Ryōan-ji (The Temple of the Dragon at Peace) is a Zen temple located in northwest Kyoto, Japan. Belonging to the Myoshin-ji school of the Rinzai branch of Zen Buddhism, the temple and karesansui garden is one of the Historic Monuments of Ancient Kyoto, a UNESCO World Heritage Site.
The site of the temple was originally a Fujiwara family estate. It eventually came into the hands of the Hosokawa clan branch of the Fujiwaras. Hosokawa Katsumoto inherited the residence, and lived here before the Ōnin War. Katsumoto willed the war-ravaged property to be converted into a Zen sect temple complex after his death. Later Hosokawa emperors are grouped together in what are today known as the “Seven Imperial Tombs” at Ryoan-ji. The burial places of these emperors — Uda, Kazan, Ichijō, Go-Suzaku, Go-Reizei, Go-Sanjō, and Horikawa — would have been comparatively humble in the period after their deaths. These tombs reached their present state as a result of the 19th century restoration of imperial sepulchers (misasagi) which were ordered by Emperor Meiji.
An object of interest near the rear of the monks quarters is the carved stone receptacle into which water for ritual purification continuously flows. This is the Ryōan-ji tsukubai, which translates literally as “crouch;” and the lower elevation of the basin requires the user to bend a little bit to reach the water, which suggests supplication and reverence. The kanji written on the surface of the stone are without significance when read alone. If each is read in combination with 口 (kuchi), which the central bowl is meant to represent, then the characters become 吾, 唯, 足, 知. This is read as “ware tada taru (wo) shiru” and translates literally as “I only know plenty” (吾 = ware = I, 唯 = tada = only, 足 = taru = plenty, 知 = shiru = know). The meaning of the phrase carved into the top of the tsukubai is simply that “what one has is all one needs” and is meant to reinforce the basic anti-materialistic teachings of Buddhism.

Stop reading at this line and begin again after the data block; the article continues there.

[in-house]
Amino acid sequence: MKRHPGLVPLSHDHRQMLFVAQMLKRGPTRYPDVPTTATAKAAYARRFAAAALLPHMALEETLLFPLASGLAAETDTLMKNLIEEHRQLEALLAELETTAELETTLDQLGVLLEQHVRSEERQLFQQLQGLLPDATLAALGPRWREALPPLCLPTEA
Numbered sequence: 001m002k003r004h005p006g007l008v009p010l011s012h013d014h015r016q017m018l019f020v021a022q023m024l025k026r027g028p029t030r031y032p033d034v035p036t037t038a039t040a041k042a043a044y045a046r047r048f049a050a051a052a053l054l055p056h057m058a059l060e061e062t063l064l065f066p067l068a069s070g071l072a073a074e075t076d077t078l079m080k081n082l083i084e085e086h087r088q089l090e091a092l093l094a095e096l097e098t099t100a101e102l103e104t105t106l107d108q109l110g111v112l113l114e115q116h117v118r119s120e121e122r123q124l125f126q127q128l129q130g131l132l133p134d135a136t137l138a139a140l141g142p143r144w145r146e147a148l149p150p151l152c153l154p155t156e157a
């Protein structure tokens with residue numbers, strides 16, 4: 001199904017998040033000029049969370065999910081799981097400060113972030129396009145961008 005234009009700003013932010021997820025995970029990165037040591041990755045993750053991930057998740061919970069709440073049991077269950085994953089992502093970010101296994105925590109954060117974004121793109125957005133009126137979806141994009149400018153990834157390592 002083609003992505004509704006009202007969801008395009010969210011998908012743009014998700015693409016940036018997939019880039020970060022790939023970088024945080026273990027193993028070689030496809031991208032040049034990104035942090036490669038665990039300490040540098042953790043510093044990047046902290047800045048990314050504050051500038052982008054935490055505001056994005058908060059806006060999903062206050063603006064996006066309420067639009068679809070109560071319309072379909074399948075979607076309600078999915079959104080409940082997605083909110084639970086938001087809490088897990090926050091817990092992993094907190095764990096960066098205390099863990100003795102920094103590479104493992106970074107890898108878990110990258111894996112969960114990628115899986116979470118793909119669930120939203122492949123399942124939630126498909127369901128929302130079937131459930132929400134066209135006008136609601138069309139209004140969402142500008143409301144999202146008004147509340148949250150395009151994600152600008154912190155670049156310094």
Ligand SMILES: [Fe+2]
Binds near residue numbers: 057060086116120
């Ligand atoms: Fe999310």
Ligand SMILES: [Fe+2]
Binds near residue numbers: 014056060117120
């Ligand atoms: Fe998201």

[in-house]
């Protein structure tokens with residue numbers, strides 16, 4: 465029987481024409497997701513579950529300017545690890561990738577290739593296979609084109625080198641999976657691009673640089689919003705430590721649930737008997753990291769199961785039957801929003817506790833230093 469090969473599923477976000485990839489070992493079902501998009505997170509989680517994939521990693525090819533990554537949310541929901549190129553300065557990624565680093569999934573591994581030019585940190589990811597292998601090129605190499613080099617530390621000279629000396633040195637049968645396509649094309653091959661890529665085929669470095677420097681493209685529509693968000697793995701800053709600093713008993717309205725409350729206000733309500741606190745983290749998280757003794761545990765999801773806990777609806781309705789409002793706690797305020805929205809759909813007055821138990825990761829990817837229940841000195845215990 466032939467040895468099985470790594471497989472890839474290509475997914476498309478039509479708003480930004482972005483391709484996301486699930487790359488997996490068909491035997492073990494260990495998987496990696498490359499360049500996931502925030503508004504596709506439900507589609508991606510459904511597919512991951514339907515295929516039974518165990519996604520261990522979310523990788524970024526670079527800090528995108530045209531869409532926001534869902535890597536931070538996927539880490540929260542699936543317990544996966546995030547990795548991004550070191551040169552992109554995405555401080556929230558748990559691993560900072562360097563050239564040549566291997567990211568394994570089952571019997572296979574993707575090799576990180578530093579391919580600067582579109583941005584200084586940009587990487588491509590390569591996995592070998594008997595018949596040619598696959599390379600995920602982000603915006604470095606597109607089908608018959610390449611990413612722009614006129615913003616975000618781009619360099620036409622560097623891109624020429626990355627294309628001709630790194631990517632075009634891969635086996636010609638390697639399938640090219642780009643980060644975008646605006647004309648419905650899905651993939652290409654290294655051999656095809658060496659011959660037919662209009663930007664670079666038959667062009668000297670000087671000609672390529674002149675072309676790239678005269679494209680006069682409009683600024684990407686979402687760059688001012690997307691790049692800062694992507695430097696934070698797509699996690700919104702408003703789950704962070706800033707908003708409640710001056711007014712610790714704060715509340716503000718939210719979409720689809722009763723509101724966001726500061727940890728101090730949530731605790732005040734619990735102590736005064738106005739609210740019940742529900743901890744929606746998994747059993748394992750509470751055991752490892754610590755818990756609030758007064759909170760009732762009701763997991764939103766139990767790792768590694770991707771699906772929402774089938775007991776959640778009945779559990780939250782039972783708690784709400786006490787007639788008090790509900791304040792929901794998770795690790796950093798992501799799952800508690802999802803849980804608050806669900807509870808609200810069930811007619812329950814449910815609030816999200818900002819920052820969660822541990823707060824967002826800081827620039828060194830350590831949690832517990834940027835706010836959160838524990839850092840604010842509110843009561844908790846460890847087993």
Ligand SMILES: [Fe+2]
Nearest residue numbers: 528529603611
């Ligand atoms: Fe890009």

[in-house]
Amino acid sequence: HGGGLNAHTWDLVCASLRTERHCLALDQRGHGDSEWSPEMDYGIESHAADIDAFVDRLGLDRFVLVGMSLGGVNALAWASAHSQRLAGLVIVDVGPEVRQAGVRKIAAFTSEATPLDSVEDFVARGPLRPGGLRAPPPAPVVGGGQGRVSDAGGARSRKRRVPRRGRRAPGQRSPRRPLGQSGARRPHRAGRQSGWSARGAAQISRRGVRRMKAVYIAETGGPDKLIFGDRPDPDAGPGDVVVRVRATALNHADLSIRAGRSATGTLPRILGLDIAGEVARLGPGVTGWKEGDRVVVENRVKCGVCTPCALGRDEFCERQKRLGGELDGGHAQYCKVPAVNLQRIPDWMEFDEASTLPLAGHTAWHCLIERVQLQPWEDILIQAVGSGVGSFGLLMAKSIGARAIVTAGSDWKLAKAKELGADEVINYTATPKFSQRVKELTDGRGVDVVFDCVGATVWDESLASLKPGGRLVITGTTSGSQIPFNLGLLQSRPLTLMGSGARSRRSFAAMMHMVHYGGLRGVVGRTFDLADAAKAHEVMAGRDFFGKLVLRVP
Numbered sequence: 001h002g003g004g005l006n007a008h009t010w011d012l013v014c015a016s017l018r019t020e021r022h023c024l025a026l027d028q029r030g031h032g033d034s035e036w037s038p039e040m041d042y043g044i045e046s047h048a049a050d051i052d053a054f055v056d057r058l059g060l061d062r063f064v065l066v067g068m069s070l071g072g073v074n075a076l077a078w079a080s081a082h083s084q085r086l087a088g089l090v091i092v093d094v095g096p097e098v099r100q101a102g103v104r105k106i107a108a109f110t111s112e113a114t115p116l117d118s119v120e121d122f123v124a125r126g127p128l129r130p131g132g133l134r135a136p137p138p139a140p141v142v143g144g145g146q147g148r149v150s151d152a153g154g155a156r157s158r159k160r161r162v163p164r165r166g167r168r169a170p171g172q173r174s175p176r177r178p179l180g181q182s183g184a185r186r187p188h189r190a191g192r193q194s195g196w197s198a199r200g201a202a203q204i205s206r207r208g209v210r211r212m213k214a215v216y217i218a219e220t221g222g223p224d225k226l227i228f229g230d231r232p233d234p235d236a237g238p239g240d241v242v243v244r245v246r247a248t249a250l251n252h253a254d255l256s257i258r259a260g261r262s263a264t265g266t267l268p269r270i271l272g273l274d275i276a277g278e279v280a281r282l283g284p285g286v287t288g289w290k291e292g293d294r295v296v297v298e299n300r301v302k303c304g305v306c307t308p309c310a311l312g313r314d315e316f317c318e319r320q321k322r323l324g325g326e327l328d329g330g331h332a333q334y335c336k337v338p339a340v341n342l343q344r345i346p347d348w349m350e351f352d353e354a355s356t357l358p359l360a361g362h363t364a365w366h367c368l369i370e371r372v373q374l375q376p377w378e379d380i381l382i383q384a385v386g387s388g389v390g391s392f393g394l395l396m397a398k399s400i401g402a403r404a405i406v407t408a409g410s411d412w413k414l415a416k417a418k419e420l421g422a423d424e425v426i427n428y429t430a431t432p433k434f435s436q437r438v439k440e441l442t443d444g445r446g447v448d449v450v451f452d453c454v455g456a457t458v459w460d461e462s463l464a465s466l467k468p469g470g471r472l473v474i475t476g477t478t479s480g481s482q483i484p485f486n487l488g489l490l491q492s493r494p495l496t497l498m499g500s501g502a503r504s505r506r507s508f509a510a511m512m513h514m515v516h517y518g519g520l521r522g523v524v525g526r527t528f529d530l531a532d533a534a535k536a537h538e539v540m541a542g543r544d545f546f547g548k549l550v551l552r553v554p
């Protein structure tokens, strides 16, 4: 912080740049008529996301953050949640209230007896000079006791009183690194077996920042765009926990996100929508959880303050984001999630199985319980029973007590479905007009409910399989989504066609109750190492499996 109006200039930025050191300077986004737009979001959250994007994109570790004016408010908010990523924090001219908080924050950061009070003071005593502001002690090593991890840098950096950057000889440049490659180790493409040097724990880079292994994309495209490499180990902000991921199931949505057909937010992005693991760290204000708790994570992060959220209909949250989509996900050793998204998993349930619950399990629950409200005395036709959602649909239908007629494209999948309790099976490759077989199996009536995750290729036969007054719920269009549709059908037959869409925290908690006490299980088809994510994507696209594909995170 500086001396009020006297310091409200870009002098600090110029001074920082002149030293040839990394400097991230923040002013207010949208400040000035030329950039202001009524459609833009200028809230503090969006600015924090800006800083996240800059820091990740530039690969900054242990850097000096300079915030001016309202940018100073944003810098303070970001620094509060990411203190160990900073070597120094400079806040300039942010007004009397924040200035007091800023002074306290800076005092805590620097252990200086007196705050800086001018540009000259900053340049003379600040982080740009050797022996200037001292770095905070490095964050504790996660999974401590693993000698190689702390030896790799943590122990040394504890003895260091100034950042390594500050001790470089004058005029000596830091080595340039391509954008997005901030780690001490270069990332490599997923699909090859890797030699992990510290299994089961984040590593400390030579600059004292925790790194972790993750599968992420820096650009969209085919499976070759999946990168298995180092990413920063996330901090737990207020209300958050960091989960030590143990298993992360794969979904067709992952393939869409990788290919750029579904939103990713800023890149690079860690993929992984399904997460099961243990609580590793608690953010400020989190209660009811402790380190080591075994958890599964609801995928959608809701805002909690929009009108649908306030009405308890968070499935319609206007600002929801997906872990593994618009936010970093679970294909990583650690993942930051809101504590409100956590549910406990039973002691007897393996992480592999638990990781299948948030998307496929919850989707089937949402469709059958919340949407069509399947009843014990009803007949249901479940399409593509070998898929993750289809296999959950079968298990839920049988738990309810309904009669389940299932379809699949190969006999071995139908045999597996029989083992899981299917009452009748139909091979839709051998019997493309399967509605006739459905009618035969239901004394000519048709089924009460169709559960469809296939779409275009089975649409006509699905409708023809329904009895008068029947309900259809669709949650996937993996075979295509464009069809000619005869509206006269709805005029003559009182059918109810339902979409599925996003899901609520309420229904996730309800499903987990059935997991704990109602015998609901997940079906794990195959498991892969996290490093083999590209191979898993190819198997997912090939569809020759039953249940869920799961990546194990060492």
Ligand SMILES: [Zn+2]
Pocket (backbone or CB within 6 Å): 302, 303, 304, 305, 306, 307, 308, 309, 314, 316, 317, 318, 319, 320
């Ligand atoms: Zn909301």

To many, the temple’s name is synonymous with the temple’s famous ‘Zen garden’, the karesansui (dry landscape) rock garden, thought to have been built in the late 15th century. The garden consists of raked gravel and fifteen moss-covered boulders, which are placed so that, when looking at the garden from any angle (other than from above) only fourteen of the boulders are visible at one time. It is traditionally said that only through attaining enlightenment would one be able to view the fifteenth boulder.